Ordinarily, when evaluating the contacts of distinct legal entities, the contacts of parent corporations and subsidiaries are evaluated separately for jurisdictional purposes, unless the corporate veil is pierced.  On first glance, that doesn’t appear to be what happened in Cornerstone Healthcare Group Holding, Inc. v. Nautic Management VI, L.P.  The key to understanding this opinion lies in the nature of the causes of action, and the fact that those causes of action arose before–or concurrent with–the creation of the subsidiary entities that were part of the overall transaction in question.

According to the allegations, several executives of Cornerstone identified Reliant Hospital Partners, LLC as a possible takeover target, and instead of presenting the opportunity to Cornerstone, took the opportunity to Nautic Management VI, a Delaware limited partner, and Nautic Partners, a management advisor that conducts due diligence on potential investments.  Nautic Management ultimately purchased Reliant (Old Reliant) and to facilitate the deal, it set up a chain of wholly-owned subsidiaries beginning with Reliant Holding Company, a Delaware company, which owned Reliant Pledgor, also a Delaware Company, which owned Reliant Opco Holding Corporation, also a Delaware Company. Reliant Pledgor and Reliant Opco owned Reliant Acquisitions, a Delaware company with its principle place of business in Texas.  Reliant Acquisitions purchased Old Reliant.   Following this acquisition, the Cornerstone executives who were involved in the Nautic transaction resigned from Cornerstone and joined Reliant Acquisitions.  Cornerstone brought suit accusing the executives of usurping corporate opportunities, misappropriating confidential information, and breaching fiduciary duties.  Cornerstone alleged that the Nautic entities and employees conspired and tortiously interfered.  Nautic Management and three funds it managed entered special appearances to contest personal jurisdiction.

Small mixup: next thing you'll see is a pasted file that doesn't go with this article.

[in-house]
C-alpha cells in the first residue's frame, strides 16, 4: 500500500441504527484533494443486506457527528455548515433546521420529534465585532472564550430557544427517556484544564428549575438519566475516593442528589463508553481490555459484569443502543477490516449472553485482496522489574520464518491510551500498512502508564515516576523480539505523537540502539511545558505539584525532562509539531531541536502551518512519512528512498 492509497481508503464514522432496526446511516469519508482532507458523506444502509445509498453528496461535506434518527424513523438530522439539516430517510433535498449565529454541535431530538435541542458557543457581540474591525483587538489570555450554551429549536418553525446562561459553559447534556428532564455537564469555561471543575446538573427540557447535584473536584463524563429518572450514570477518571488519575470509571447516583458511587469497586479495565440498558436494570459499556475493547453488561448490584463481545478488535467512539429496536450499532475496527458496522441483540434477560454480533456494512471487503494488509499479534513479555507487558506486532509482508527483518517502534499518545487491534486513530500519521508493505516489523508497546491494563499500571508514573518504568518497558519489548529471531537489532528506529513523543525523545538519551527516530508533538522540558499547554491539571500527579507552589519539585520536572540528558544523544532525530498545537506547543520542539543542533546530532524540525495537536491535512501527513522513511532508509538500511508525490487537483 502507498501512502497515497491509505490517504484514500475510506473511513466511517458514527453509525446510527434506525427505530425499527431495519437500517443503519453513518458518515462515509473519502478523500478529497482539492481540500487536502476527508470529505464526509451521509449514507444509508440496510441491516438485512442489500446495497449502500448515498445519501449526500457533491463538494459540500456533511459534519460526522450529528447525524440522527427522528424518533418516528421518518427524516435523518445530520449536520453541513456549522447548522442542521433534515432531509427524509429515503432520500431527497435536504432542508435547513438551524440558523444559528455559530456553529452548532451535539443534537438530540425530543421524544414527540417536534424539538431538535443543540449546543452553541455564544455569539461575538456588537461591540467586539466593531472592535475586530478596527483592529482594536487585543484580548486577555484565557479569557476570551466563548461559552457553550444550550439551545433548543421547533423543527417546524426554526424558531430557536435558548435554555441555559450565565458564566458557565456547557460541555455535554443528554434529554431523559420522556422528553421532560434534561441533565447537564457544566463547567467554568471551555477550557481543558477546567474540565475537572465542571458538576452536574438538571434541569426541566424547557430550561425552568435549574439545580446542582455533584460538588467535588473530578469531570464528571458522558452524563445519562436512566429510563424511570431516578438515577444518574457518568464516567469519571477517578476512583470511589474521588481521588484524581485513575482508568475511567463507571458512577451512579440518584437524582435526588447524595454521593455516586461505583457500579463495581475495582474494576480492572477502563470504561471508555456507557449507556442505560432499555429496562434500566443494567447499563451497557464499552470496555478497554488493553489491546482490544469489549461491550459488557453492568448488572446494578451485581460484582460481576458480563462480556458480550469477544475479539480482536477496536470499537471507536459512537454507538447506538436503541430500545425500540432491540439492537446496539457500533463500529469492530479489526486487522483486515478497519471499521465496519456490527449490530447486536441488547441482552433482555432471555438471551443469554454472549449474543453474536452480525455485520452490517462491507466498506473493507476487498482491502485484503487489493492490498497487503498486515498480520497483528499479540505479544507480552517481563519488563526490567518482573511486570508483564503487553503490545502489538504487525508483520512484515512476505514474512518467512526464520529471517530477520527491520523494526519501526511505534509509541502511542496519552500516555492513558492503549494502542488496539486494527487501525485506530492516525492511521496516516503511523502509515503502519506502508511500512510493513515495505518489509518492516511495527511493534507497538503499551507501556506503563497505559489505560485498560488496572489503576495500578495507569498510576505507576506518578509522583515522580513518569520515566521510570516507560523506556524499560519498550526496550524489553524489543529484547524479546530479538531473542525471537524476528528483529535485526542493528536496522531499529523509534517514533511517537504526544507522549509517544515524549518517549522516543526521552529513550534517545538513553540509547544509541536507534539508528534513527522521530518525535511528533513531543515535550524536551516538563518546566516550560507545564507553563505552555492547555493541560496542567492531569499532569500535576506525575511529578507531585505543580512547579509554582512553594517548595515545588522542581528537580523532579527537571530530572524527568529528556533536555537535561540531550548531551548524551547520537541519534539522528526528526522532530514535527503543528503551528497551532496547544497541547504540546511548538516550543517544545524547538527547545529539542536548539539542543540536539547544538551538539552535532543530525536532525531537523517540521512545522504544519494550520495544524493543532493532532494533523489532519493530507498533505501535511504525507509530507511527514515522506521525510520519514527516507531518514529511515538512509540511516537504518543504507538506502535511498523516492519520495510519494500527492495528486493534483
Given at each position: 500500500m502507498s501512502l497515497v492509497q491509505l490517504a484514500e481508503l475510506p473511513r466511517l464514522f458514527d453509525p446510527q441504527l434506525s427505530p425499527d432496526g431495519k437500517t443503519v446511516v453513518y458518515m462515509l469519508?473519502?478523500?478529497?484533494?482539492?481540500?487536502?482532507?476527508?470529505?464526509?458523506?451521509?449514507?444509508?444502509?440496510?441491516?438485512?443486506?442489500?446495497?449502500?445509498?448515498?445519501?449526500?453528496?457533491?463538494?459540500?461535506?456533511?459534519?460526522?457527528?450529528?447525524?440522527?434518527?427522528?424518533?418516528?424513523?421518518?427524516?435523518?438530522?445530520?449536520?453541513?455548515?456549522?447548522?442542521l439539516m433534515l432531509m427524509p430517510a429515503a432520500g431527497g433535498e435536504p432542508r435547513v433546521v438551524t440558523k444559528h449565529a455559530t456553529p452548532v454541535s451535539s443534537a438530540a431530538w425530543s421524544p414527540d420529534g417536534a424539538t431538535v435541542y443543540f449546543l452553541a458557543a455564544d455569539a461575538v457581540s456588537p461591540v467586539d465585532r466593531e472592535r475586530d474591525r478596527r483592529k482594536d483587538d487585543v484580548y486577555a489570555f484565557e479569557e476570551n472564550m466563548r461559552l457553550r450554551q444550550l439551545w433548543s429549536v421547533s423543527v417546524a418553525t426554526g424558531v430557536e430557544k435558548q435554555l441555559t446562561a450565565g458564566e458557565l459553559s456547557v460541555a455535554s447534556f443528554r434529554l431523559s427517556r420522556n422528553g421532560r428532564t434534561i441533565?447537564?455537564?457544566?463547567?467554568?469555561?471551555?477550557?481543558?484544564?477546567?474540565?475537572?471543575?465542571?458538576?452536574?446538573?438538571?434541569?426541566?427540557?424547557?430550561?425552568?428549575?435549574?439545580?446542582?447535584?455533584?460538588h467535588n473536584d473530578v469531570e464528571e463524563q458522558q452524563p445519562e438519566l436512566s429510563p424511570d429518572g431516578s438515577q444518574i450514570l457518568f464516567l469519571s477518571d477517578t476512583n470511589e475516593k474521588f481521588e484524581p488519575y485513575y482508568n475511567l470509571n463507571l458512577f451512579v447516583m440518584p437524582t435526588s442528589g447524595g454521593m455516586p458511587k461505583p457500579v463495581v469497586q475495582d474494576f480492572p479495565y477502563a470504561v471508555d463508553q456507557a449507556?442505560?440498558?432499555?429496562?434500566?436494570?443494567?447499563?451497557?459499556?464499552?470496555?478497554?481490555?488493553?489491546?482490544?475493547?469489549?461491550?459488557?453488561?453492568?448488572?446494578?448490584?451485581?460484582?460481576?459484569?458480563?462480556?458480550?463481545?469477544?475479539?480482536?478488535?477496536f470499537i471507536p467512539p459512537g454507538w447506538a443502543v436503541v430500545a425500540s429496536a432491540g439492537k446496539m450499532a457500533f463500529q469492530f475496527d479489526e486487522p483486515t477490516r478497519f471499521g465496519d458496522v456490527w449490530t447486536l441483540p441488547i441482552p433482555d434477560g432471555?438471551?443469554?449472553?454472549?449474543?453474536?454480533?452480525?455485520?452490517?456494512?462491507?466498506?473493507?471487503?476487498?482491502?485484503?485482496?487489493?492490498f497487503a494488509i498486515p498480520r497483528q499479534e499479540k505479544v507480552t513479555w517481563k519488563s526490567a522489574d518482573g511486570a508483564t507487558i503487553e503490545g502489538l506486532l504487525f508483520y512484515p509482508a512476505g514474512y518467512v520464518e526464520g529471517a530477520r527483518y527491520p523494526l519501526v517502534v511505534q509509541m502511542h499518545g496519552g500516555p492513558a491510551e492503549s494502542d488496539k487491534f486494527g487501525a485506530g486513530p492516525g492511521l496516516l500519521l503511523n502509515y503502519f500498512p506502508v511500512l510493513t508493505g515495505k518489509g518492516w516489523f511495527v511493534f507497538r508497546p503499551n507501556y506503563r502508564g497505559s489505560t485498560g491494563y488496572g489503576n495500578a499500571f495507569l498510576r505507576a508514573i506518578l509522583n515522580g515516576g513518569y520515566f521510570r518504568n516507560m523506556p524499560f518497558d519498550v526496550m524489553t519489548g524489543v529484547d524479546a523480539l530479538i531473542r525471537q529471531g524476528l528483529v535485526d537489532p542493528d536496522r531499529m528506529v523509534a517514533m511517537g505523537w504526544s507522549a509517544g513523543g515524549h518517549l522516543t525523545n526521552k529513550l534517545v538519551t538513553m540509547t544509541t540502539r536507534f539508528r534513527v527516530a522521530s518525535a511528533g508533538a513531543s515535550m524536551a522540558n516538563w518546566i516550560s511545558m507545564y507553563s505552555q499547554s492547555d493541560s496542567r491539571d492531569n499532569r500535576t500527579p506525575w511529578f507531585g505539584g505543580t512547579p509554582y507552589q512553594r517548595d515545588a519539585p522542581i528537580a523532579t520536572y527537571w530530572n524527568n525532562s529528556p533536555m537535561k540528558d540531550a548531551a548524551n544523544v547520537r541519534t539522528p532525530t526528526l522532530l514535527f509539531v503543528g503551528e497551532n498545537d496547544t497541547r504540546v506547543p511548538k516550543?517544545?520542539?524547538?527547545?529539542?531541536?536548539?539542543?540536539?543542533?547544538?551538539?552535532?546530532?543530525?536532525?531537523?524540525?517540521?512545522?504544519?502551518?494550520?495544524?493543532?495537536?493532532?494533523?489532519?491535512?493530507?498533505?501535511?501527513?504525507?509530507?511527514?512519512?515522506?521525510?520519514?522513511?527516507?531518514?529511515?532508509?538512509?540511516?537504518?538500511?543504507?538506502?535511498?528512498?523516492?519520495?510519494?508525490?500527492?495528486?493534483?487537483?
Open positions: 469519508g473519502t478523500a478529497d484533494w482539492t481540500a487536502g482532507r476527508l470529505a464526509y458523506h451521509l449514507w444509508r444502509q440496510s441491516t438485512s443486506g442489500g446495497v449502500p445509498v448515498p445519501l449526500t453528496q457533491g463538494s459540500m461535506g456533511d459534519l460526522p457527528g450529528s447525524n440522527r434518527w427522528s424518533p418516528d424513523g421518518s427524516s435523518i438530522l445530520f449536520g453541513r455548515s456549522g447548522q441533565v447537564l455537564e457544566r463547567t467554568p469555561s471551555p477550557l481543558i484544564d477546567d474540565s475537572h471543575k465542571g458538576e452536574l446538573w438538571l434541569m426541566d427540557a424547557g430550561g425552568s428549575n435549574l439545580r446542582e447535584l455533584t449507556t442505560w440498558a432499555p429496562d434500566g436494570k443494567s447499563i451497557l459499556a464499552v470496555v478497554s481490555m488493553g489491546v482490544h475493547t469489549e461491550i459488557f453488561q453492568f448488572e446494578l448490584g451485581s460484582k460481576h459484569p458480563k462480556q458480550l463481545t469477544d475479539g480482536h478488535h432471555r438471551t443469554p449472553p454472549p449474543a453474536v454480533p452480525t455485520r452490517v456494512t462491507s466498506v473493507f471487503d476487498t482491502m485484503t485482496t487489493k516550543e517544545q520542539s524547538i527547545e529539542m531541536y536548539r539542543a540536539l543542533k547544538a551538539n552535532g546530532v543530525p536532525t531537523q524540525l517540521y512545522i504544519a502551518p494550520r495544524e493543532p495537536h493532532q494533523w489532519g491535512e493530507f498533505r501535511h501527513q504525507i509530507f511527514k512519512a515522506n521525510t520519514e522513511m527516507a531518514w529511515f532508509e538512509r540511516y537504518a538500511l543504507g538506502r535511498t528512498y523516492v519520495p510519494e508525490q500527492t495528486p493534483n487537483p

The trial court granted the funds’ special appearances, but denied Nautic Management’s special appearance.  The court of appeals affirmed as to the funds’ special appearances but reversed as to Nautic Management, holding that Texas lacks jurisdiction.  The Texas Supreme Court granted Cornerstone’s petitions for review and reversed, holding that Texas has jurisdiction over the funds and over Nautic Management.

The supreme court’s opinion acknowledges that Cornerstone was not relying upon any veil-piercing theory to assert jurisdiction.  The opinion also acknowledges that the contacts of a parent and subsidiary  that are distinct entities cannot be attributed to one another.  Even so, the court found jurisdiction because the acquisition of Reliant and the creation of the various entities were all part of a single transaction to which the funds and Nautic Management were parties.  The court held that Cornerstone’s claims arose from the transaction itself which included purposeful contacts with Texas.  The court’s opinion may be found here.